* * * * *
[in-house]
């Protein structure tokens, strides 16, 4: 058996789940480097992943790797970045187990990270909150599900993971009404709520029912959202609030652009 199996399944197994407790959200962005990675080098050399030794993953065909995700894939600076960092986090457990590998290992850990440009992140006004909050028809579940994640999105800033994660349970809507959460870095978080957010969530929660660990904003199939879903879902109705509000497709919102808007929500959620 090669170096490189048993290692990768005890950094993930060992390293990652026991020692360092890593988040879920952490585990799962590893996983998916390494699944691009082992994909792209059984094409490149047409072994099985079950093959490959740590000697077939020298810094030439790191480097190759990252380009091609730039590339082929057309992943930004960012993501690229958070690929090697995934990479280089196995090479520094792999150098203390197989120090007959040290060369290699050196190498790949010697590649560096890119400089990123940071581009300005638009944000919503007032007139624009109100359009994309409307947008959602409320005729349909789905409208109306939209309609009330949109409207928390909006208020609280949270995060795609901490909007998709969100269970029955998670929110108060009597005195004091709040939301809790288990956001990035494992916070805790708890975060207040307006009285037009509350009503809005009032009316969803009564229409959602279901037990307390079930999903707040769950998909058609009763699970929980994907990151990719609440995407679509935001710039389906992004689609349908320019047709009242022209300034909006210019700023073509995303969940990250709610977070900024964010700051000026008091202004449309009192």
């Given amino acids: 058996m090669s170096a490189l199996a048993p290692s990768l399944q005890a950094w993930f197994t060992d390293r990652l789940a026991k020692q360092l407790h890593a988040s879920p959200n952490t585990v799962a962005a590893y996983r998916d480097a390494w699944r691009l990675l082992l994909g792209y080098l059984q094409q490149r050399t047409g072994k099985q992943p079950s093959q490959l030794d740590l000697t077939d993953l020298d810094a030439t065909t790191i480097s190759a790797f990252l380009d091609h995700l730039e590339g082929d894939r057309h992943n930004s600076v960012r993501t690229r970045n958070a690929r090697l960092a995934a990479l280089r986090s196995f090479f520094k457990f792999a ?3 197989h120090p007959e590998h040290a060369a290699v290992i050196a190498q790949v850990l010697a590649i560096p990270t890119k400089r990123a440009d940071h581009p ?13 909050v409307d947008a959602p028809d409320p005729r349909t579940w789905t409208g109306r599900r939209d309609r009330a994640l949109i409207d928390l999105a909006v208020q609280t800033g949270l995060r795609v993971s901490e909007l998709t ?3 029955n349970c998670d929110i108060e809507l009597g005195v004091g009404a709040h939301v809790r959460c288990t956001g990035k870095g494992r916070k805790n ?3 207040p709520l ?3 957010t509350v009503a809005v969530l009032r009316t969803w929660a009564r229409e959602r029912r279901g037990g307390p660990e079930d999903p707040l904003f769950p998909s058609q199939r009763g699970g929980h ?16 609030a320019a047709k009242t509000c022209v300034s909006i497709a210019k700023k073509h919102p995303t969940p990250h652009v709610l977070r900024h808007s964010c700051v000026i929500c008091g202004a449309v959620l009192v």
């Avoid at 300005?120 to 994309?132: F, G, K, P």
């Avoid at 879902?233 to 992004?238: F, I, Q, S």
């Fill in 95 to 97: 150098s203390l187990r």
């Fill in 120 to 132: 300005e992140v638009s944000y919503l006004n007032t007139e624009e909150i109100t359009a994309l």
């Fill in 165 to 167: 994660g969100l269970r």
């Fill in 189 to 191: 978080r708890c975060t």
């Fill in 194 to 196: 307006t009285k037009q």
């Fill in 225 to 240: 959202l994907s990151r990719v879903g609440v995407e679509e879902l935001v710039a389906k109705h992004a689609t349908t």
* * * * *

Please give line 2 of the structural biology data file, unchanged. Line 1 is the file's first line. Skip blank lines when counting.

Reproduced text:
């Protein structure tokens, strides 16, 4: 058996789940480097992943790797970045187990990270909150599900993971009404709520029912959202609030652009 199996399944197994407790959200962005990675080098050399030794993953065909995700894939600076960092986090457990590998290992850990440009992140006004909050028809579940994640999105800033994660349970809507959460870095978080957010969530929660660990904003199939879903879902109705509000497709919102808007929500959620 090669170096490189048993290692990768005890950094993930060992390293990652026991020692360092890593988040879920952490585990799962590893996983998916390494699944691009082992994909792209059984094409490149047409072994099985079950093959490959740590000697077939020298810094030439790191480097190759990252380009091609730039590339082929057309992943930004960012993501690229958070690929090697995934990479280089196995090479520094792999150098203390197989120090007959040290060369290699050196190498790949010697590649560096890119400089990123940071581009300005638009944000919503007032007139624009109100359009994309409307947008959602409320005729349909789905409208109306939209309609009330949109409207928390909006208020609280949270995060795609901490909007998709969100269970029955998670929110108060009597005195004091709040939301809790288990956001990035494992916070805790708890975060207040307006009285037009509350009503809005009032009316969803009564229409959602279901037990307390079930999903707040769950998909058609009763699970929980994907990151990719609440995407679509935001710039389906992004689609349908320019047709009242022209300034909006210019700023073509995303969940990250709610977070900024964010700051000026008091202004449309009192």